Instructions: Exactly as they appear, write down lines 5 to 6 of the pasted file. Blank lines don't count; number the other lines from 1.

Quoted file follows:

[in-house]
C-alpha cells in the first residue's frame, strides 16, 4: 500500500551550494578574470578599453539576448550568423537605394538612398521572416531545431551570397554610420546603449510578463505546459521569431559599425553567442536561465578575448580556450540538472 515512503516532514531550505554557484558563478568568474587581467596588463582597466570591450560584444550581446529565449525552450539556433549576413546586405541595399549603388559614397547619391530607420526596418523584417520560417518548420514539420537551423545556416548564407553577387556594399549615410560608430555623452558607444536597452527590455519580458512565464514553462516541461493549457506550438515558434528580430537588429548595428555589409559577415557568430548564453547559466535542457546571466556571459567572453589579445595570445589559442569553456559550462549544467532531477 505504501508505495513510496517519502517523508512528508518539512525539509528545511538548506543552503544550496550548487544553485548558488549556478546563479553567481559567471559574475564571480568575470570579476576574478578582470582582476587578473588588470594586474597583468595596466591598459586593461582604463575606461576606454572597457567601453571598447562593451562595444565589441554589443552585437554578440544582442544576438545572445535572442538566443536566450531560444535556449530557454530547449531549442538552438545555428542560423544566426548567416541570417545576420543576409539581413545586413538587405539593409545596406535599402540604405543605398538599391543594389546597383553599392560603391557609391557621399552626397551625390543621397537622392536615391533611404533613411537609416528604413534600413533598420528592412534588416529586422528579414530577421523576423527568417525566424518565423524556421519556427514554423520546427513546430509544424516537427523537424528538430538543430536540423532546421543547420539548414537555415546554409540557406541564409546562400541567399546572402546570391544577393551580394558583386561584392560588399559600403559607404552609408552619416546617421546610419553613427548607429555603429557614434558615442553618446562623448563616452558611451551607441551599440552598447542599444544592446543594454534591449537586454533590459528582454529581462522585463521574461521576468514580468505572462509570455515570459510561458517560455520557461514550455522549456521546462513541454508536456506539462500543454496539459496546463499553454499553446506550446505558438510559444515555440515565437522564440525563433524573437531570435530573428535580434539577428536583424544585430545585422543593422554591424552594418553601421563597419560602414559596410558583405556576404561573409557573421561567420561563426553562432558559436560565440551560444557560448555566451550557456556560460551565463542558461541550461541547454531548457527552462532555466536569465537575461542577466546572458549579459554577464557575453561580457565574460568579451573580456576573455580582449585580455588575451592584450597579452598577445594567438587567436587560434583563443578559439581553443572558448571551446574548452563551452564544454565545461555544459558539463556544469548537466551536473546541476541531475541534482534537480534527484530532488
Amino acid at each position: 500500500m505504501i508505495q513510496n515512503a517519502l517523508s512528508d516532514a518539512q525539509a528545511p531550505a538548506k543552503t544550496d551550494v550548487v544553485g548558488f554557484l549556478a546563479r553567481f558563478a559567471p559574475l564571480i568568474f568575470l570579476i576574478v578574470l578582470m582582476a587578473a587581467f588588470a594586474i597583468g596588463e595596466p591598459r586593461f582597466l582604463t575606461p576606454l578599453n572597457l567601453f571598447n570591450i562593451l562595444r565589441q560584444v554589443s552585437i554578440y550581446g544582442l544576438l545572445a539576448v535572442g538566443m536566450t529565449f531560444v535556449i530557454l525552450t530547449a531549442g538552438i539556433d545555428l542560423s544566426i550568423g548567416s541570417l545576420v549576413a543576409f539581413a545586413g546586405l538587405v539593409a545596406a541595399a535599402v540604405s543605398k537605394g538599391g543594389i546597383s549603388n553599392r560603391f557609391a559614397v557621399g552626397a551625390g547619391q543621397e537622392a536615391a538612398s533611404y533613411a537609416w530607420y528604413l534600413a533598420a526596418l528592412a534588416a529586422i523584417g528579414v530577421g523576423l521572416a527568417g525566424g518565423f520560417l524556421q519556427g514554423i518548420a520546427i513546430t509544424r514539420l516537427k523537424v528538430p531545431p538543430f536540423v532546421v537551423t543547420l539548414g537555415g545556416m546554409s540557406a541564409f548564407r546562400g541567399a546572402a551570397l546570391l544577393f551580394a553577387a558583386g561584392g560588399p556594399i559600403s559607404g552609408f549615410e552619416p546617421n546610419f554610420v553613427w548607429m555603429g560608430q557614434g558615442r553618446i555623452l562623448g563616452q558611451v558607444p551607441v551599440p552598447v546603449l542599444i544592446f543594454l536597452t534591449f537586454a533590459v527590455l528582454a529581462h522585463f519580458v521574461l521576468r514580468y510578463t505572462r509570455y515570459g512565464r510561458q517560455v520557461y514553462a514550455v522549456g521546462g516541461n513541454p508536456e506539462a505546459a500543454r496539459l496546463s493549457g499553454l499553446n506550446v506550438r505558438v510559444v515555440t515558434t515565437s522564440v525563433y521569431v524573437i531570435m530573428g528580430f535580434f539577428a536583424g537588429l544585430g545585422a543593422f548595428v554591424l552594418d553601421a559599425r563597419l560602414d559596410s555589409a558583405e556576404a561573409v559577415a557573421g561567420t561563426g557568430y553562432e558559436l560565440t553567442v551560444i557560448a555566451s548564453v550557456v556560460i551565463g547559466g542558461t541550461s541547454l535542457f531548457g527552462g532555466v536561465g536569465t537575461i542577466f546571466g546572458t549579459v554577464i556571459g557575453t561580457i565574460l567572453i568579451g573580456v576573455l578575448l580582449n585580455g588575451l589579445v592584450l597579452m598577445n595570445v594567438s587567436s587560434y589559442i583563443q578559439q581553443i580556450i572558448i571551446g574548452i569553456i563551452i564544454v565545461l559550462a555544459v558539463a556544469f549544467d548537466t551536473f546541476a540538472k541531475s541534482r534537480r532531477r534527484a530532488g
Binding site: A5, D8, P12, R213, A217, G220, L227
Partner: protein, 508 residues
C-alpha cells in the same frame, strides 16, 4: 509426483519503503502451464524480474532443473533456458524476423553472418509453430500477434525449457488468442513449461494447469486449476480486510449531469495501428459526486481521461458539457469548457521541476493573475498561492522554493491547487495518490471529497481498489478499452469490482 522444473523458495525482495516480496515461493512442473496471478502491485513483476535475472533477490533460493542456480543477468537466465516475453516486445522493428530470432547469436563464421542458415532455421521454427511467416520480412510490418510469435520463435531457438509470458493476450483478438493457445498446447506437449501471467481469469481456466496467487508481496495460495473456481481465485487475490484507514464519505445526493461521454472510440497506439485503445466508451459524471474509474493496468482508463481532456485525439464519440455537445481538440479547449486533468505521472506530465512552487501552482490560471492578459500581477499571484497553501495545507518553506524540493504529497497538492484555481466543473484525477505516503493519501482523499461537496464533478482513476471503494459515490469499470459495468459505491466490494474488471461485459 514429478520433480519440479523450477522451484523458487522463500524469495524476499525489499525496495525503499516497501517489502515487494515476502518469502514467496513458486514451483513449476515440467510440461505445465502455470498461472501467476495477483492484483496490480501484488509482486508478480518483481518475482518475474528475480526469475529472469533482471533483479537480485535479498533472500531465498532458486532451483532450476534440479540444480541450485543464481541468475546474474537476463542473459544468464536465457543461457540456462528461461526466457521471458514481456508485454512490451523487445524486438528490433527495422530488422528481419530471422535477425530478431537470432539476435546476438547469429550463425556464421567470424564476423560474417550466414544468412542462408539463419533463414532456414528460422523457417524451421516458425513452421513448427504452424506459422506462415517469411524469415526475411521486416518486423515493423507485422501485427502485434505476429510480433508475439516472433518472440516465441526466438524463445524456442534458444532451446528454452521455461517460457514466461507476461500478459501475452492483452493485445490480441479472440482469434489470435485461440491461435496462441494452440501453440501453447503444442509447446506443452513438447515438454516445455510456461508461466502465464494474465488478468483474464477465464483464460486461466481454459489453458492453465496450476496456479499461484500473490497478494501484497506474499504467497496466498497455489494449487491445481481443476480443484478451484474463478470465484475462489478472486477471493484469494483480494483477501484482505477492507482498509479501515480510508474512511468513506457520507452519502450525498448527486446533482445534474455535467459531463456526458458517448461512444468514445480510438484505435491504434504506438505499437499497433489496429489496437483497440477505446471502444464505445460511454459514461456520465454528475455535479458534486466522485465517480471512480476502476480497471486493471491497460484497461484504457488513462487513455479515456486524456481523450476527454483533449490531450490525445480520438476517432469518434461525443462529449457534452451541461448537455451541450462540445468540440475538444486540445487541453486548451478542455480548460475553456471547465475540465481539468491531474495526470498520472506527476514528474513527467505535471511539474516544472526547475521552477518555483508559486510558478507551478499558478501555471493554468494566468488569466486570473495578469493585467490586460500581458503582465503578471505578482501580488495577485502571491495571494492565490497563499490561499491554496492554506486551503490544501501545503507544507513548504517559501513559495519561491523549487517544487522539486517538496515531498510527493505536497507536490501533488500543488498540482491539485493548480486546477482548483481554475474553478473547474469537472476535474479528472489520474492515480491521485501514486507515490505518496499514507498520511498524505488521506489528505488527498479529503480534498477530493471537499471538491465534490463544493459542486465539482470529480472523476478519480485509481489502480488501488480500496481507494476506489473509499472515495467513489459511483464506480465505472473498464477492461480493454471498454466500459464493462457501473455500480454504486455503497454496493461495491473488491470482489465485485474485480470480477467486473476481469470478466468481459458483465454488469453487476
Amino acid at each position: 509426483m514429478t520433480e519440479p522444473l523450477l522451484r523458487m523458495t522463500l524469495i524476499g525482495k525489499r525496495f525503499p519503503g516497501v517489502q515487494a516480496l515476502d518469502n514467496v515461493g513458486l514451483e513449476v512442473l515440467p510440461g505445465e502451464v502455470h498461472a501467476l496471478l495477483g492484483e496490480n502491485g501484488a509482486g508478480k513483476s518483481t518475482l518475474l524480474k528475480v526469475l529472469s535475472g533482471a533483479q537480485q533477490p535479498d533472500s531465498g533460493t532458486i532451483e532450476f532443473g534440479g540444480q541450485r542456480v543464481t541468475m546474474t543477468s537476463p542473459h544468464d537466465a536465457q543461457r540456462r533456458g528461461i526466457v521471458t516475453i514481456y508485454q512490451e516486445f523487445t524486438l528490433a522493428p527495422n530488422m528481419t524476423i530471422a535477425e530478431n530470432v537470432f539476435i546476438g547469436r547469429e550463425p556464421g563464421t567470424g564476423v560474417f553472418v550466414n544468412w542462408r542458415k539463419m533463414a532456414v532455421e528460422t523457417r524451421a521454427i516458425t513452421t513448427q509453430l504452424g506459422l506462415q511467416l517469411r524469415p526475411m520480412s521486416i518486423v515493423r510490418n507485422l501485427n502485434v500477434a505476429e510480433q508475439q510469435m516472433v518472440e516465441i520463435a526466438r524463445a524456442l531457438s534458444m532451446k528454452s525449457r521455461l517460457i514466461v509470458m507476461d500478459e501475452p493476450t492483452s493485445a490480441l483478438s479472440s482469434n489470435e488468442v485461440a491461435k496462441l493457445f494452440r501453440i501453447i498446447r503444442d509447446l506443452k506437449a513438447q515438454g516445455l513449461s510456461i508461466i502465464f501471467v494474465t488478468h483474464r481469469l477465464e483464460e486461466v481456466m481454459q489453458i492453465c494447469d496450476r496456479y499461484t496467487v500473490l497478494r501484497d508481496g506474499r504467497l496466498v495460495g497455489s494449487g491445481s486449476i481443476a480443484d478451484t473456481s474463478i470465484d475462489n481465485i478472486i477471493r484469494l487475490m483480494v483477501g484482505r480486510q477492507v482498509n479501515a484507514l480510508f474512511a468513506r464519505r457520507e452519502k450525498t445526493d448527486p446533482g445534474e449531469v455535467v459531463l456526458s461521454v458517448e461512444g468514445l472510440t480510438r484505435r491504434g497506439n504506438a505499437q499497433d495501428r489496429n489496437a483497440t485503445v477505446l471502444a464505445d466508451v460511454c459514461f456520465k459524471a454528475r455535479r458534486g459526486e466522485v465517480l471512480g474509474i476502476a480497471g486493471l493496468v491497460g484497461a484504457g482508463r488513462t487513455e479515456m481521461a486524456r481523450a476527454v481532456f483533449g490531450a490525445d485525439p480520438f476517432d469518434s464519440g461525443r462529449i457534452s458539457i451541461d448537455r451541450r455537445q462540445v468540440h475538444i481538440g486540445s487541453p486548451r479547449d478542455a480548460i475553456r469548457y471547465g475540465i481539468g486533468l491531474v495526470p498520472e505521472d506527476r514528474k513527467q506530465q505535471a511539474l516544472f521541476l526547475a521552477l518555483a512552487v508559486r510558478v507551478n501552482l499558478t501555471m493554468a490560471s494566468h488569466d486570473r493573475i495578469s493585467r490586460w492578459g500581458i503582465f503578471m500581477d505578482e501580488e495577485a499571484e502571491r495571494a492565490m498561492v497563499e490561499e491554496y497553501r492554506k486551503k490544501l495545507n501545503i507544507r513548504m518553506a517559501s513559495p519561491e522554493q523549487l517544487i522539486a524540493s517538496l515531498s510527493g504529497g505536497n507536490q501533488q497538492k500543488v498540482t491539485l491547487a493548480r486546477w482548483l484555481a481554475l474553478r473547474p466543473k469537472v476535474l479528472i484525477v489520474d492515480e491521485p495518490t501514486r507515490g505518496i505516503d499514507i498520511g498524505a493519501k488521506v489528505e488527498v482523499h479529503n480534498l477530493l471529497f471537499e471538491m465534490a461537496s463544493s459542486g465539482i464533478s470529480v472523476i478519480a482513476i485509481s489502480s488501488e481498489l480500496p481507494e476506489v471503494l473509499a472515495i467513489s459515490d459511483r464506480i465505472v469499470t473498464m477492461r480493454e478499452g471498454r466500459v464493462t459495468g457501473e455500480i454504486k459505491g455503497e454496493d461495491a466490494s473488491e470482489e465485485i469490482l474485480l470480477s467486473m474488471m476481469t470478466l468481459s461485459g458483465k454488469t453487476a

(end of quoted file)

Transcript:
Partner: protein, 508 residues
C-alpha cells in the same frame, strides 16, 4: 509426483519503503502451464524480474532443473533456458524476423553472418509453430500477434525449457488468442513449461494447469486449476480486510449531469495501428459526486481521461458539457469548457521541476493573475498561492522554493491547487495518490471529497481498489478499452469490482 522444473523458495525482495516480496515461493512442473496471478502491485513483476535475472533477490533460493542456480543477468537466465516475453516486445522493428530470432547469436563464421542458415532455421521454427511467416520480412510490418510469435520463435531457438509470458493476450483478438493457445498446447506437449501471467481469469481456466496467487508481496495460495473456481481465485487475490484507514464519505445526493461521454472510440497506439485503445466508451459524471474509474493496468482508463481532456485525439464519440455537445481538440479547449486533468505521472506530465512552487501552482490560471492578459500581477499571484497553501495545507518553506524540493504529497497538492484555481466543473484525477505516503493519501482523499461537496464533478482513476471503494459515490469499470459495468459505491466490494474488471461485459 514429478520433480519440479523450477522451484523458487522463500524469495524476499525489499525496495525503499516497501517489502515487494515476502518469502514467496513458486514451483513449476515440467510440461505445465502455470498461472501467476495477483492484483496490480501484488509482486508478480518483481518475482518475474528475480526469475529472469533482471533483479537480485535479498533472500531465498532458486532451483532450476534440479540444480541450485543464481541468475546474474537476463542473459544468464536465457543461457540456462528461461526466457521471458514481456508485454512490451523487445524486438528490433527495422530488422528481419530471422535477425530478431537470432539476435546476438547469429550463425556464421567470424564476423560474417550466414544468412542462408539463419533463414532456414528460422523457417524451421516458425513452421513448427504452424506459422506462415517469411524469415526475411521486416518486423515493423507485422501485427502485434505476429510480433508475439516472433518472440516465441526466438524463445524456442534458444532451446528454452521455461517460457514466461507476461500478459501475452492483452493485445490480441479472440482469434489470435485461440491461435496462441494452440501453440501453447503444442509447446506443452513438447515438454516445455510456461508461466502465464494474465488478468483474464477465464483464460486461466481454459489453458492453465496450476496456479499461484500473490497478494501484497506474499504467497496466498497455489494449487491445481481443476480443484478451484474463478470465484475462489478472486477471493484469494483480494483477501484482505477492507482498509479501515480510508474512511468513506457520507452519502450525498448527486446533482445534474455535467459531463456526458458517448461512444468514445480510438484505435491504434504506438505499437499497433489496429489496437483497440477505446471502444464505445460511454459514461456520465454528475455535479458534486466522485465517480471512480476502476480497471486493471491497460484497461484504457488513462487513455479515456486524456481523450476527454483533449490531450490525445480520438476517432469518434461525443462529449457534452451541461448537455451541450462540445468540440475538444486540445487541453486548451478542455480548460475553456471547465475540465481539468491531474495526470498520472506527476514528474513527467505535471511539474516544472526547475521552477518555483508559486510558478507551478499558478501555471493554468494566468488569466486570473495578469493585467490586460500581458503582465503578471505578482501580488495577485502571491495571494492565490497563499490561499491554496492554506486551503490544501501545503507544507513548504517559501513559495519561491523549487517544487522539486517538496515531498510527493505536497507536490501533488500543488498540482491539485493548480486546477482548483481554475474553478473547474469537472476535474479528472489520474492515480491521485501514486507515490505518496499514507498520511498524505488521506489528505488527498479529503480534498477530493471537499471538491465534490463544493459542486465539482470529480472523476478519480485509481489502480488501488480500496481507494476506489473509499472515495467513489459511483464506480465505472473498464477492461480493454471498454466500459464493462457501473455500480454504486455503497454496493461495491473488491470482489465485485474485480470480477467486473476481469470478466468481459458483465454488469453487476